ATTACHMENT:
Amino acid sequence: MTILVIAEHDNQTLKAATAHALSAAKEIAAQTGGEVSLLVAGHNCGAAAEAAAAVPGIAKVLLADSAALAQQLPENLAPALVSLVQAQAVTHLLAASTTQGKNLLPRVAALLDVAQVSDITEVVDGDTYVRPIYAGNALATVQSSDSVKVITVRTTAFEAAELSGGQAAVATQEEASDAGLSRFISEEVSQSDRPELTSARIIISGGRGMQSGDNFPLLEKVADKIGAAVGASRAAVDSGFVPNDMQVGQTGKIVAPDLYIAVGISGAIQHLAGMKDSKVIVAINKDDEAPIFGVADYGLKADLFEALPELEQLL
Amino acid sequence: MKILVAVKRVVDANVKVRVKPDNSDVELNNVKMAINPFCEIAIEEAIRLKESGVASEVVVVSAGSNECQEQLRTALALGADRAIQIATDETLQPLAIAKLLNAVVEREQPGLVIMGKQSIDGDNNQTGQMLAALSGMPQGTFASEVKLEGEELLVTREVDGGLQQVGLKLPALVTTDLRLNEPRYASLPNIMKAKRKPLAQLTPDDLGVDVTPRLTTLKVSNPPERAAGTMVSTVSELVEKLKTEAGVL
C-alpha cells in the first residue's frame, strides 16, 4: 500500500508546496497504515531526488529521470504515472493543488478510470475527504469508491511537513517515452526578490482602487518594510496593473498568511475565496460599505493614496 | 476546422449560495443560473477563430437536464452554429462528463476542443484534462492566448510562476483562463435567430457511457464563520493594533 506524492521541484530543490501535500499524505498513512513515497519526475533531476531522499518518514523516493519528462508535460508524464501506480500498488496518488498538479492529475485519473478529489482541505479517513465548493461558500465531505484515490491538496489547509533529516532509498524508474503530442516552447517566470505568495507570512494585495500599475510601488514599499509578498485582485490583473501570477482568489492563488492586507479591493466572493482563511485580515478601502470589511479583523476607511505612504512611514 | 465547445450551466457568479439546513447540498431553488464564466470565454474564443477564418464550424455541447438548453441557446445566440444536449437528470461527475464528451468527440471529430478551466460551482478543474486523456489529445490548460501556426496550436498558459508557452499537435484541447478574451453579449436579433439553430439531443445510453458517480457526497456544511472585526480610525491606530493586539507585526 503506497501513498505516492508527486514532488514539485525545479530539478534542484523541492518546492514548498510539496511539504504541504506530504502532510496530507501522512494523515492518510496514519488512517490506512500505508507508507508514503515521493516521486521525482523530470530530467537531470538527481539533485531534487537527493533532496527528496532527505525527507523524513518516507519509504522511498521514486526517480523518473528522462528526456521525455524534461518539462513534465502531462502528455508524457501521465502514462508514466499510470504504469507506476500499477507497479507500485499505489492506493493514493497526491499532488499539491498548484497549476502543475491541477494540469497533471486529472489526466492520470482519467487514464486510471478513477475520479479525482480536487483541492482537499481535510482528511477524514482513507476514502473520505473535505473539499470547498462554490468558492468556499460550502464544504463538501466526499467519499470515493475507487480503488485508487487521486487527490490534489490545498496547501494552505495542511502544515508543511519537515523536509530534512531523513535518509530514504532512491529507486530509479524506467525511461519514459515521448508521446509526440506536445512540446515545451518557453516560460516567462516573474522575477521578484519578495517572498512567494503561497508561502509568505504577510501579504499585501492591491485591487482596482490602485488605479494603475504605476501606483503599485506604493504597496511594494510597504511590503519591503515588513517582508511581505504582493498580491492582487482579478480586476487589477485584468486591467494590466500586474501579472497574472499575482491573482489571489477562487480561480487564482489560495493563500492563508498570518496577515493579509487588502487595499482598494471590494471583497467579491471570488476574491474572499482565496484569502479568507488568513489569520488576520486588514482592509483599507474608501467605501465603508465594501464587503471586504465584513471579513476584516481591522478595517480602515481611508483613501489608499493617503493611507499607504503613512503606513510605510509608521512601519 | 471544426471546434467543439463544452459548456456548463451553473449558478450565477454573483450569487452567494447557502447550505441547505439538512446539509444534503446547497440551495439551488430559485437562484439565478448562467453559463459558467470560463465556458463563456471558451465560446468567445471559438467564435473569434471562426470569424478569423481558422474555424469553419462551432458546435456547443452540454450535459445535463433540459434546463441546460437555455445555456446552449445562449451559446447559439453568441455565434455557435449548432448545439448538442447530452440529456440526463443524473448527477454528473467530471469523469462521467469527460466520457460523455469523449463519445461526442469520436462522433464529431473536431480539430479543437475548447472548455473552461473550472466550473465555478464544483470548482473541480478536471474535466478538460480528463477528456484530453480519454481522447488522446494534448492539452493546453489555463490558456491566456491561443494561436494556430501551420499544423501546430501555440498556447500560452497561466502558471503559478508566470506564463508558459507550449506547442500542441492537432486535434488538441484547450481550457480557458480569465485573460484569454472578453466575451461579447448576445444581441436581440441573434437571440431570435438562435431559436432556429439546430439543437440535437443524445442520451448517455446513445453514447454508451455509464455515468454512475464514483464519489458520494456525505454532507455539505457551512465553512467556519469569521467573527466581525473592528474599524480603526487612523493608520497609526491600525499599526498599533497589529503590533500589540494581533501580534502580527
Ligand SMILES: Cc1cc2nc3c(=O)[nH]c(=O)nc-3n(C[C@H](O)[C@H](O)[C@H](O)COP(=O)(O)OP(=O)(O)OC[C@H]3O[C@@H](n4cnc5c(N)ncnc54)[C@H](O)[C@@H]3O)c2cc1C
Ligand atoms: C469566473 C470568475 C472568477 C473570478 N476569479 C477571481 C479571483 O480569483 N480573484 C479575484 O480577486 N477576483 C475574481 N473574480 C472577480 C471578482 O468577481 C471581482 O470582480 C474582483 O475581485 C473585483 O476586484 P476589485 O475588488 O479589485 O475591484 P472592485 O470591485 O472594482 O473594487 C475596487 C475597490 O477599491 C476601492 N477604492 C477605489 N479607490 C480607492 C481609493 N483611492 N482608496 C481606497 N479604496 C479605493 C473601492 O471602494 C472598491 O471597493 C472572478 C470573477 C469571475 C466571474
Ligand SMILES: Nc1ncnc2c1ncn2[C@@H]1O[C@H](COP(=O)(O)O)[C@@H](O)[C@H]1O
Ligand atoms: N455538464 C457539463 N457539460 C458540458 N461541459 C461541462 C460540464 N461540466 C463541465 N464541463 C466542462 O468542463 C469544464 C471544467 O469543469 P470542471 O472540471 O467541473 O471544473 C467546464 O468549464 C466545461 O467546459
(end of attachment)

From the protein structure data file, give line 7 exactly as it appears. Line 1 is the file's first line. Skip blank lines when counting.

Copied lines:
Ligand atoms: N455538464 C457539463 N457539460 C458540458 N461541459 C461541462 C460540464 N461540466 C463541465 N464541463 C466542462 O468542463 C469544464 C471544467 O469543469 P470542471 O472540471 O467541473 O471544473 C467546464 O468549464 C466545461 O467546459